SO244 Half Unit
The Sociology of Race and Empire
This information is for the 2021/22 session.
Dr Sarah Salem STC S218
This course is available on the BSc in Language, Culture and Society and BSc in Sociology. This course is available with permission as an outside option to students on other programmes where regulations permit and to General Course students.
This course has a limited number of places (it is capped). Places are allocated on a first come first served basis.
The course provides an introduction to theoretical, historical and contemporary debates around race, racism and empire. It covers the following thematic areas: history; theory; experience; futurism.
We begin by exploring the historical events and contemporary afterlives that have created a world structured by racism and colonialism. From the Enlightenment to nationalism; from science to secularism, we look at how this world came to be, and why these often-hidden histories matter. We then look at different ways people have tried to understand this world. Theoretical paradigms include anticolonial theory, the Black Radical Tradition, Queer theory, Trans* theory, and postcolonial theory, decoloniality and settler colonialism, among others. The third block looks at the everyday experiences of race and empire. From the food we eat to the way we travel, we will see that race and empire are never far from the scene. We look at the politics around tourism, climate change, technology, intimacy, movement and food to unpack the very minute and not-so-minute ways race and empire seep into and structure our daily lives. We end the course by thinking about abolition as a means of imagining a future free of racism.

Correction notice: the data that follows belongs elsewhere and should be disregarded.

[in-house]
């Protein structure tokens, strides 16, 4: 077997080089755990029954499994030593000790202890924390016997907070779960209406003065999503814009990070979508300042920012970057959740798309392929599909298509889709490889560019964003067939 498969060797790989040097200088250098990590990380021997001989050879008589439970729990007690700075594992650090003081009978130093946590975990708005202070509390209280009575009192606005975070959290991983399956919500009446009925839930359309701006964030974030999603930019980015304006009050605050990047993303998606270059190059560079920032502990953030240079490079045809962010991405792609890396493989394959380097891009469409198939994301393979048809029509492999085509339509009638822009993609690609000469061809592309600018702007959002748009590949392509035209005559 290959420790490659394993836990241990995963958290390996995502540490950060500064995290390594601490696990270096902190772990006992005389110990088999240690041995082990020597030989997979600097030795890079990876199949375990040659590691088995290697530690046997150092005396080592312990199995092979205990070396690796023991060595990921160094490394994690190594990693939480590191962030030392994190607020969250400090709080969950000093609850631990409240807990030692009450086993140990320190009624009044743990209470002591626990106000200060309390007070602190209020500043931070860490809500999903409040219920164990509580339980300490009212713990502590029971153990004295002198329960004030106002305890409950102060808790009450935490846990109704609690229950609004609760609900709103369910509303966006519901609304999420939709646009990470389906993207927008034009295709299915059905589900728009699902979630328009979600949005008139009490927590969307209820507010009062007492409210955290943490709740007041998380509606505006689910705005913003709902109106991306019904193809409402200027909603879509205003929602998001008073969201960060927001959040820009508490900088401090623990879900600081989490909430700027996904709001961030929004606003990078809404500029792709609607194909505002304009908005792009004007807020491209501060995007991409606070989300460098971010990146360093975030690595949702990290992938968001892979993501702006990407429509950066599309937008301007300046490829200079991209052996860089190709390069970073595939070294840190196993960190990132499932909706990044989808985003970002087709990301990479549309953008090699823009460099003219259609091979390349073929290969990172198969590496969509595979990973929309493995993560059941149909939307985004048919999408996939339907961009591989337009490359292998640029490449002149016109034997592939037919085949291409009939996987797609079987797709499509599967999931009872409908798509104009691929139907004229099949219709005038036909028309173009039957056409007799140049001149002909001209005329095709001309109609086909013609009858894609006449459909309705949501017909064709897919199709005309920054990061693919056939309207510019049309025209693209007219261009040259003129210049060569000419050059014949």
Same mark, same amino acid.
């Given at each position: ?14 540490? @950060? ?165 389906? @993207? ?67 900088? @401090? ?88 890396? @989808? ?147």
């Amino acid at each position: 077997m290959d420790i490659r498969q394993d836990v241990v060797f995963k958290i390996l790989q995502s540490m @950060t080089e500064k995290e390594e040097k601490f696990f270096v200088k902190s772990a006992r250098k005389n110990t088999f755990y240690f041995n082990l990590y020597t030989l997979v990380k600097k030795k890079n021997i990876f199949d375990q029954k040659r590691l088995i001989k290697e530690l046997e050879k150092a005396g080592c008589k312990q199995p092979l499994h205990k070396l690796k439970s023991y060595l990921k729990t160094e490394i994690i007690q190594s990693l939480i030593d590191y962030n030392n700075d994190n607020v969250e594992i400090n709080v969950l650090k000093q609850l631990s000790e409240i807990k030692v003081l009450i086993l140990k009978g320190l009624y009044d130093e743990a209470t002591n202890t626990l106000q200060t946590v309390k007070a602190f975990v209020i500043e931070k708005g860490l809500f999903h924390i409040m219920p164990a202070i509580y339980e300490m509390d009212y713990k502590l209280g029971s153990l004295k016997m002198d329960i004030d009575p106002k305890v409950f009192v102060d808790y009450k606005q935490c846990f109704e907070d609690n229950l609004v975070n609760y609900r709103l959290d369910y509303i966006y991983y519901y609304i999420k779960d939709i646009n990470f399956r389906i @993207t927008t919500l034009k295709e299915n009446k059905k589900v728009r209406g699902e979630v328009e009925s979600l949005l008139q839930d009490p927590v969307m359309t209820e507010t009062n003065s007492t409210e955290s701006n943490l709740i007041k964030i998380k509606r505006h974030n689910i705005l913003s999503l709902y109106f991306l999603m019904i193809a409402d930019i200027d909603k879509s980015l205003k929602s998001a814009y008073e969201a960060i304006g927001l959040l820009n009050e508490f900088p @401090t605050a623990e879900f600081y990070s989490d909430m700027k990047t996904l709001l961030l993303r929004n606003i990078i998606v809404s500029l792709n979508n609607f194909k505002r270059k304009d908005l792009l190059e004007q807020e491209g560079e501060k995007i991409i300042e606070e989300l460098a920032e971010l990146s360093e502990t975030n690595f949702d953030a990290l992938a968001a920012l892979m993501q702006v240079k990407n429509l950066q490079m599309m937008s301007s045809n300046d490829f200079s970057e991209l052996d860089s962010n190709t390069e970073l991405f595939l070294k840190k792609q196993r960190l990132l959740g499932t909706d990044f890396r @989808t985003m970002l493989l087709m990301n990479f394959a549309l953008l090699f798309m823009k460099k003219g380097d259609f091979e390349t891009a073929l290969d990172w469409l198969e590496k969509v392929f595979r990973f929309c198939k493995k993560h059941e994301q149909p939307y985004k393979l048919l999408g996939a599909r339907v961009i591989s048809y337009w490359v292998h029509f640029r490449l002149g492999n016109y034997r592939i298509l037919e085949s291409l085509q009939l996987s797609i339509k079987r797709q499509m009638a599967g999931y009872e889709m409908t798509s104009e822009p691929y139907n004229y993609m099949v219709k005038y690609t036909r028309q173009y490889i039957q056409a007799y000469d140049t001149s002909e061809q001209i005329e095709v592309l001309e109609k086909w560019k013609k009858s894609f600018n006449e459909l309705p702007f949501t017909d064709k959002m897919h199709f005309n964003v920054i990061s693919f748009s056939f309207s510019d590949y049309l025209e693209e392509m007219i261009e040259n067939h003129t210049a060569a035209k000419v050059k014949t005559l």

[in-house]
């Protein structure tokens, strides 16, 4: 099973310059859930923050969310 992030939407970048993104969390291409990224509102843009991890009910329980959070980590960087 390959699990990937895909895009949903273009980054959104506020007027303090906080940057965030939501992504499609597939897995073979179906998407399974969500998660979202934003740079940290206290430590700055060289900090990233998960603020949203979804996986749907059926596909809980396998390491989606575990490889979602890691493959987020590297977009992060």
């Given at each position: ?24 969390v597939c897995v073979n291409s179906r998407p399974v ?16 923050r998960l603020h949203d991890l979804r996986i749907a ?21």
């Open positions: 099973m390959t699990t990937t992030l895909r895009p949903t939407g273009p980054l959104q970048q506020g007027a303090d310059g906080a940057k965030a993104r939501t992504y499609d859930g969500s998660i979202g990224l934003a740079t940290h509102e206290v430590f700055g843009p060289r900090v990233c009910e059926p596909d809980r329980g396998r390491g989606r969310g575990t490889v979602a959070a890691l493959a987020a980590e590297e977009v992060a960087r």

This course is delivered through a combination of lectures/seminars, online materials and classes totalling a minimum of 20 hours in MT.
Reading Weeks: Students on this course will have a reading week in MT Week 6, in line with departmental policy.
One formative essay (2000 words) due in Week 7 of MT.
Cesaire, A. 1955. Discourse on Colonialism. Grove Press.
Said, E., 1978. Orientalism: Western representations of the Orient. Pantheon.
Steinmetz, G., 2013. Sociology and empire. Duke University Press.
Fanon, F., 1963. The wretched of the earth. Grove Press.
Mills, C.W., 2014. The racial contract. Cornell University Press.
Davis, A.Y., 2011. Women, race, & class. Vintage.
Mohanty, C.T., 1988. Under Western eyes: Feminist scholarship and colonial discourses. Feminist review, (30), 61-88.
Sharpe, C., 2016. In the wake: On blackness and being. Duke University Press.
Wekker, G., 2016. White innocence: Paradoxes of colonialism and race. Duke University Press.
Collins, P.H., 2002. Black feminist thought: Knowledge, consciousness, and the politics of empowerment. Routledge.
Essay (80%, 3000 words) in the LT.
Presentation (20%) in the MT.
An electronic copy of the assessed essay, to be uploaded to Moodle, no later than 4.00pm on the submission day. Assessed essay due Thursday of Week 1 in LT.
Attendance at all classes and submission of all set coursework is required.
Course selection videos
Some departments have produced short videos to introduce their courses. Please refer to the course selection videos index page for further information.
Important information in response to COVID-19
Please note that during 2021/22 academic year some variation to teaching and learning activities may be required to respond to changes in public health advice and/or to account for the differing needs of students in attendance on campus and those who might be studying online. For example, this may involve changes to the mode of teaching delivery and/or the format or weighting of assessments. Changes will only be made if required and students will be notified about any changes to teaching or assessment plans at the earliest opportunity.
Total students 2020/21: Unavailable
Average class size 2020/21: Unavailable
Capped 2020/21: No
Value: Half Unit